Enter here

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From Bob Sanders comes this sign at a burger joint in the Melbourne, Australia airport:


The Chinese says:

qǐng zài cǐ shūrù 請在此輸入
(“please enter [text / account number / password / name] here”)

Here I give Google Translate a lot of credit, because it knows that you have to enter something after the transitive verb shūrù 輸入:  “Please enter it here”.  The other major online translation services just offer “Please enter here” for qǐng zài cǐ shūrù 請在此輸入.

For the intransitive verb “enter” in Mandarin you would say jìnrù 進入.

As a Chinese person might say upon encountering this sign, “Wǒ de gāodé 我的高德!” (“My God!”).  It gets really funny when you translate “Wǒ de gāodé 我的高德!” — which is a translation-transcription of “My God!” — back into English:

Baidu Fanyi — “My Gao De”

Bing Translator — “My Gaud”

Google Translate:  “My High German” (!!)

Unnamed friend — “My high virtue”

Be that as it may, all the major online translation services mistranslate “please enter here” with the wrong verb:  shūrù 輸入 instead of jìnrù 進入.

Chinese wags have christened this machine mangled Yīng-shì Zhōngwén 英式中文 (“English style Chinese”) as “Eng-nese (Eng[lish-Chi]nese)”.



6 Comments

  1. Mark Mandel said,

    February 20, 2015 @ 11:42 pm

    gāo 高 is ‘high’.

    de is the ISO 639-1 language code for German, and is also the Internet top-level domain and ISO 3166-1 code for Germany, both of which are of course extremely common on the Internet.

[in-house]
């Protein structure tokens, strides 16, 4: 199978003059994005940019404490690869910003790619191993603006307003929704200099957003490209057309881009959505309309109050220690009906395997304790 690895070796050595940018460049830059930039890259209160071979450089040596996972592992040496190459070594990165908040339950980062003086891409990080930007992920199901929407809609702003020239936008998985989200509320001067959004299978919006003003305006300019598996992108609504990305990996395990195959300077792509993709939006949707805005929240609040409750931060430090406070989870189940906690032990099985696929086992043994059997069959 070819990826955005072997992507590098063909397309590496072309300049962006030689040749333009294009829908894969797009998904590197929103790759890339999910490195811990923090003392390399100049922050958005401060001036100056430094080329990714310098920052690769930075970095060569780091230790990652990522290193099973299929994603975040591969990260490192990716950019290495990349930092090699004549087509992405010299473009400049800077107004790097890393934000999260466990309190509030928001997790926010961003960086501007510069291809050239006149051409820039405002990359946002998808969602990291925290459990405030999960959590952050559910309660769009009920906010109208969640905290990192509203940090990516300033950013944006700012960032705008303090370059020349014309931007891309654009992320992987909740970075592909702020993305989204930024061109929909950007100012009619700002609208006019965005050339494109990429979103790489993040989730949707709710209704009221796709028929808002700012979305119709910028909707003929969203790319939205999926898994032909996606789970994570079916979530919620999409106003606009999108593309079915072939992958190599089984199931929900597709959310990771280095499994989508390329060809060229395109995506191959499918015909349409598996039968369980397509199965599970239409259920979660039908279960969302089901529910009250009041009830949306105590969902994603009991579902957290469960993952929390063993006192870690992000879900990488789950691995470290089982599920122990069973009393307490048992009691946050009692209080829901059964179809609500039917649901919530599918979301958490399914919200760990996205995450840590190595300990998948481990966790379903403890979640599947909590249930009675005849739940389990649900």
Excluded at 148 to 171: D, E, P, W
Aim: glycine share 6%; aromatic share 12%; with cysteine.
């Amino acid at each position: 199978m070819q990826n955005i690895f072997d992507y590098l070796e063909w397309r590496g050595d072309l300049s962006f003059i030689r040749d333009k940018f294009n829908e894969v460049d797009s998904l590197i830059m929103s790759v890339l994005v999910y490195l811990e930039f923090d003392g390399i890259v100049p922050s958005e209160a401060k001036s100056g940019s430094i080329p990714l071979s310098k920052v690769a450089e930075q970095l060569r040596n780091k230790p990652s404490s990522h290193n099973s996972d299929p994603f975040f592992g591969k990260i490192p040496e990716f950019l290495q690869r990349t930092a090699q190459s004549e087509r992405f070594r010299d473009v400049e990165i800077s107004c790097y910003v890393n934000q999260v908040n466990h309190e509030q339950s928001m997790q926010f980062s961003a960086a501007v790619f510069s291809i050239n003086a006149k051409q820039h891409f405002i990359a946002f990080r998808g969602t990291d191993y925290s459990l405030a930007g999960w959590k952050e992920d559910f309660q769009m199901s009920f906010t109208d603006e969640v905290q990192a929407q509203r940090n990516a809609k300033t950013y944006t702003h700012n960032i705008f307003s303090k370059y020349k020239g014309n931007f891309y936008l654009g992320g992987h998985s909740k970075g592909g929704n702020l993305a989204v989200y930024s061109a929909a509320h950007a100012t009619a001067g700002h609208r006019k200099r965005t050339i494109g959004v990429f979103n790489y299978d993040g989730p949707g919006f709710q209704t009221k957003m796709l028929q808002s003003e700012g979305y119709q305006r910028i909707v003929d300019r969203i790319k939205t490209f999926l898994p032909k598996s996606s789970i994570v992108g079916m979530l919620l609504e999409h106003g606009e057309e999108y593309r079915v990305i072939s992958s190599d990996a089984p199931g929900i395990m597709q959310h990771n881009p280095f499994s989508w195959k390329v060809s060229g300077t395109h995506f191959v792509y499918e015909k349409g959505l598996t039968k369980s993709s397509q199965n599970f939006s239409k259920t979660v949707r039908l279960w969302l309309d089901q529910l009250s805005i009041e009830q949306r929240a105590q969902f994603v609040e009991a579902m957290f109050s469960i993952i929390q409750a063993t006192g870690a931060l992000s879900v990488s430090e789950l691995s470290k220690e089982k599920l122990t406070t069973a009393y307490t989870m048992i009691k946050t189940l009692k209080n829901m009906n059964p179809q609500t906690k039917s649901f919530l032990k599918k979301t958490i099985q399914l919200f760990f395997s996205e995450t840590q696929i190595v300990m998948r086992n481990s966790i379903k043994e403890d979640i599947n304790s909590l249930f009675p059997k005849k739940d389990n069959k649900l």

Q.E.D.

  2. Max said,

    February 21, 2015 @ 5:35 am

    Mark, you don’t need to go via ISO codes to get from 德 to German: 德语 is Mandarin for German.

  3. Edward J. Cunningham said,

    February 21, 2015 @ 10:48 am

    Thanks for giving us a new word which is badly needed. The language barrier between English and Mandarin is pretty high and we shouldn’t laugh at those who fall trying to climb the linguistic Great Wall of China but instead try to help them up. In other words, it’s about time somebody came up with the equivalent for “Chinglish” for those who try to speak (or write) Chinese but fail badly.

  4. Wu Youde said,

    February 21, 2015 @ 12:26 pm

    @Edward: hear hear… it’s only fair to turn the tables. I’d love to know if Chinese people have some particularly cutting expression to refer to foreigner’s attempts at writing / speaking passable Chinese.

  5. Vasha said,

    February 21, 2015 @ 5:38 pm

    For the opposite mistake, my bank’s ATM displays, below “Remove your card to enter PIN”, “Retire su tarjeta para ingresar el PIN”. That should be “introducir” instead of “ingresar”, I’m pretty sure.

  6. Dave Cragin said,

    February 23, 2015 @ 10:03 pm

    Googletranslator did a good job with 我的天 Wǒ de tiān.

    I had sent a document for review to colleague in Shanghai with whom I’d hadn’t worked with before. I said we could set up a phone call to discuss it. She IM’ed me one evening in English asking if we could talk. I replied in Chinese. She replied 我的天!(Wǒ de tiān) and then commented on my use of Chinese (obviously a surprise).

    A literal translation of 我的天 (Wǒ de tiān) would be “my heavens”, but no one really says this anymore (do they?). Google offered it as “oh my god.” Google definitely caught the feeling of the message.

    Notably, Google doesn’t even offer “my heavens” for the phrase, suggesting that translators have rarely, if at all, translated it in this way.

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